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Back Problems Message Board

Back Problems Board Index

OK, now that you describe the appointment, it sounds like from the physical exam and neurologic tests that the doctor was able to surmise what is causing your pain. Now you just have to wonder what is causing the sacroiliitis, if that is indeed what it is.

It is fairly normal for the hip area to be involved when one has lower lumbar issues, and problems with the SI joints. I can't tell you how many people I know who thought they needed a hip replacement and instead they ended up with a fusion at L4-L5 or l5-S1...including my mother-in-law. We had our L4-L5 fusions within a couple months of each other.

Those spinal nerves control sensations that run into the groin, genitals, bladder and bowel, hip and the pelvic girdle area. When the Si joint is inflamed, it can cause problems with the piriformis muscle which runs across the buttock. It attaches on one side to the sacrum and runs across to an attachment near the hip. The problem is that if it is at all irritated it can cause irritation of the sciatic nerve because it is located directly underneath the piriformis. So an irritation of one often results in problems with the other.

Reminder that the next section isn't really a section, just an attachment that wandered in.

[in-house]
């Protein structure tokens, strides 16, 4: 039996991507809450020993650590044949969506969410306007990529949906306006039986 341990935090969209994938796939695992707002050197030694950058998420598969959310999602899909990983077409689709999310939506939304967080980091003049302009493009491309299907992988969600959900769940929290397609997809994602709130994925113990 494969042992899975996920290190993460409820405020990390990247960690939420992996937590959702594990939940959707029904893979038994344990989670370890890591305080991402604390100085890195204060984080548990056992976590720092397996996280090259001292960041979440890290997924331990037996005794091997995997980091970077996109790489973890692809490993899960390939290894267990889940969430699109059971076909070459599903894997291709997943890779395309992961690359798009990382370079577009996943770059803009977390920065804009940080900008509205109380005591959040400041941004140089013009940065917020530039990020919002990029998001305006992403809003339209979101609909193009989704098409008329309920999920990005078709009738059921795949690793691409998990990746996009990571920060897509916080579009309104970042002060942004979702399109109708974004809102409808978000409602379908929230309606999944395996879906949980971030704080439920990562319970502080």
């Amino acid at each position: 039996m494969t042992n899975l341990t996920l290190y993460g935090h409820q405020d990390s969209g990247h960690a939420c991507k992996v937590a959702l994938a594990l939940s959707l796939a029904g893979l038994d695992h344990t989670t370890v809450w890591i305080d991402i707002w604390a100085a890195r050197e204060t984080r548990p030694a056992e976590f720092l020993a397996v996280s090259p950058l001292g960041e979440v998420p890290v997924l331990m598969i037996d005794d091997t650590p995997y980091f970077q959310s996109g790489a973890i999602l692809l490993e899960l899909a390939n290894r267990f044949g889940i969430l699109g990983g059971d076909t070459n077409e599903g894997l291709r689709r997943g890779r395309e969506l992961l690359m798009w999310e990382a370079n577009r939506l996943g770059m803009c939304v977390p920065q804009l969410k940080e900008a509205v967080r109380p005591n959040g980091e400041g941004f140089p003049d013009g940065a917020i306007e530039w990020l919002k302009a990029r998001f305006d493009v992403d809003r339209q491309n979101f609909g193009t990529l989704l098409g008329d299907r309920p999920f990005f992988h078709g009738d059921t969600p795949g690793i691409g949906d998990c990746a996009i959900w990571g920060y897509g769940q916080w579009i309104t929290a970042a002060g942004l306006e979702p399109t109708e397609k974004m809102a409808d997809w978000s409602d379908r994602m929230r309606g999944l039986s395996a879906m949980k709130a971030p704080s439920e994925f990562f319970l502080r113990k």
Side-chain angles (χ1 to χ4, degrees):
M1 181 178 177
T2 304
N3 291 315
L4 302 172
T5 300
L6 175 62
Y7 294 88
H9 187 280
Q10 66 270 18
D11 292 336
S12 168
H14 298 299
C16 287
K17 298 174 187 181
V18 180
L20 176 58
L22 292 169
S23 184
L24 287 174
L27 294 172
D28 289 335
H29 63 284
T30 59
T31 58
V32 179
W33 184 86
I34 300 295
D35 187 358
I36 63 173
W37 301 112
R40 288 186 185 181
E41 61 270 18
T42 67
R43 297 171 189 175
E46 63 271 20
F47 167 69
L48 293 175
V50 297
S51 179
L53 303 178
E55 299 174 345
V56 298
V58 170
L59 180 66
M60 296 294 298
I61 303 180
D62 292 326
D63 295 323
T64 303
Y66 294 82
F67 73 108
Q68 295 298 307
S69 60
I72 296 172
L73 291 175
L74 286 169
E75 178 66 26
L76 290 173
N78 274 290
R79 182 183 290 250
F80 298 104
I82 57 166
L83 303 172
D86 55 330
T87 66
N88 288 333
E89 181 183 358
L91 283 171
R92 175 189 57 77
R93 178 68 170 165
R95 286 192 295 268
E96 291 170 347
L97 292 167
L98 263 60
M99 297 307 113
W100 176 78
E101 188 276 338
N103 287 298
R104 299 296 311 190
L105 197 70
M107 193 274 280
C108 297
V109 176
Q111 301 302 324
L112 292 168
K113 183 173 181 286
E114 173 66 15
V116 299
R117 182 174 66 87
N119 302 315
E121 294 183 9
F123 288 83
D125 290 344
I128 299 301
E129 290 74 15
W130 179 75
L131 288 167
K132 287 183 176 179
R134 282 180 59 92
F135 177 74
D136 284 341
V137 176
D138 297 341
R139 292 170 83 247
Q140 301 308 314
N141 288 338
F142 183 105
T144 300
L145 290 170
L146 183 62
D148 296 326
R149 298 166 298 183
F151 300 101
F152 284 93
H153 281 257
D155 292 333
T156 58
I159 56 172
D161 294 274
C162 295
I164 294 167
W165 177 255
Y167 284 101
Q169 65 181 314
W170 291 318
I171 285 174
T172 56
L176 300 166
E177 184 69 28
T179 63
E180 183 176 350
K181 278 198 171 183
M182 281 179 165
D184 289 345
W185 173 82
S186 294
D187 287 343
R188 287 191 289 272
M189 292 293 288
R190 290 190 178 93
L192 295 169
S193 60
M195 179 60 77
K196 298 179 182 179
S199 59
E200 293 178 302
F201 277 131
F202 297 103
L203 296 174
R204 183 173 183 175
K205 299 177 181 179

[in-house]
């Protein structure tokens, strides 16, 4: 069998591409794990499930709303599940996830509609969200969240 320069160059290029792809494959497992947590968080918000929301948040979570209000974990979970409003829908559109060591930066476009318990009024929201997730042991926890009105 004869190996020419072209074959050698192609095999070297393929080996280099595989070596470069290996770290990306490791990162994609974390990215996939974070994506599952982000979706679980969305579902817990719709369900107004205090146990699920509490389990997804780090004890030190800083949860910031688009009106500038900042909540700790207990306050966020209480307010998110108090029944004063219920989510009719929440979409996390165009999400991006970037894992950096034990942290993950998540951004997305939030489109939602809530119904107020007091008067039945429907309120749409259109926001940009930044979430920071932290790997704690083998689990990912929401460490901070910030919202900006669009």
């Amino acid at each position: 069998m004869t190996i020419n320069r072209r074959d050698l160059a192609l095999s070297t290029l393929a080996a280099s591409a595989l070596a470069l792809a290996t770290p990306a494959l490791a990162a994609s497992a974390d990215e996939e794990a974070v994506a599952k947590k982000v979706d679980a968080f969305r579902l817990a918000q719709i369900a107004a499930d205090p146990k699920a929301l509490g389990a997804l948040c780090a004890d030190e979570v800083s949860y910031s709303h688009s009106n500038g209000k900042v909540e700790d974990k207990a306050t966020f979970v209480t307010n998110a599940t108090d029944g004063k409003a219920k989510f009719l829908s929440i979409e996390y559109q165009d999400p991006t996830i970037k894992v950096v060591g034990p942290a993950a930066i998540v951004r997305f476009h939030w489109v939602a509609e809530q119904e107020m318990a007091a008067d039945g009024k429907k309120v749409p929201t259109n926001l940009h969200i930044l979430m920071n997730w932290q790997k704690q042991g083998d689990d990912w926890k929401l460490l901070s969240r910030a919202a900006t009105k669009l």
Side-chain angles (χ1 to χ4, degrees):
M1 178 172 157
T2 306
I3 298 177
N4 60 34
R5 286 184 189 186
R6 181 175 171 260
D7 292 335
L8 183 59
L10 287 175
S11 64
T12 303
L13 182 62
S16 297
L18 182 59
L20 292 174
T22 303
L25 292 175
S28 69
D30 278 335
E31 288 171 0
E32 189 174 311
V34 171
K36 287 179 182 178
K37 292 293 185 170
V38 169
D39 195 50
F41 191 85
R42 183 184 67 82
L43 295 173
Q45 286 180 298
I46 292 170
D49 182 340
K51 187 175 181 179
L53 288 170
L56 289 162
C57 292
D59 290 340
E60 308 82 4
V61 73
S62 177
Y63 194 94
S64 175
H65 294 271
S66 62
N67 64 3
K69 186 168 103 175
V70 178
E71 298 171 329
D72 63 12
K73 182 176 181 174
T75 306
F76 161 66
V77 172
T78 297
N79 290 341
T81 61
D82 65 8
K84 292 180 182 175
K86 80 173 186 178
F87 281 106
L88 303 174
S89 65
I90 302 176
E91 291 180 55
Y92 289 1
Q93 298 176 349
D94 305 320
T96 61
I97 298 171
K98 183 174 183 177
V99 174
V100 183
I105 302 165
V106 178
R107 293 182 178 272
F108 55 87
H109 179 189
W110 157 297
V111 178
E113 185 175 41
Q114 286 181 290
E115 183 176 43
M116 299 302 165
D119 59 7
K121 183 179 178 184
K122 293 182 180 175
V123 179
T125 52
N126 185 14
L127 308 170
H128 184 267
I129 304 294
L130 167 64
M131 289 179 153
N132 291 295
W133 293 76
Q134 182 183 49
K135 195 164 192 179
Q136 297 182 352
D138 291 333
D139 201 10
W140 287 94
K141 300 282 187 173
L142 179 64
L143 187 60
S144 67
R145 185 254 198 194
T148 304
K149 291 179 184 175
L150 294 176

Try very hard to be conscious of the way you sit and stand. You want your weight evenly distributed between the two legs and you want to sit equally on both "sit bones." When sitting, try to keep your feet flat on the floor -- do not cross your legs at the knee or ankle...don't cross them at all! I found that I always put more weight on my left leg and kind of stood with my left leg turned and left hip thrust out. Most of my weight was on the one leg. After favoring one side like this for decades and decades, I carried one hip higher than the other and my pelvis was rotated or tilted forward. I'll never know if I developed the spondylolisthesis at L4-L5 due to this "behavior" or did it feel more comfortable to put weight on the one side because of the instability?

I can tell you that most spine surgeons don't believe that a synovial cyst causes pain. From being on boards like this for many years, I can assure you that they can be very painful. So do what this doctor recommends, but if you aren't making some progress in a month or six weeks, you may have to pursue some of these other issues.

You'll find that sometimes the pain management doctor and the spine surgeon will not always agree. My surgeon would order something and sometimes the other doctor would do what he thought best rather than following the surgeon's order. That always put me in an interesting position when I would return to my surgeon to report on the results!

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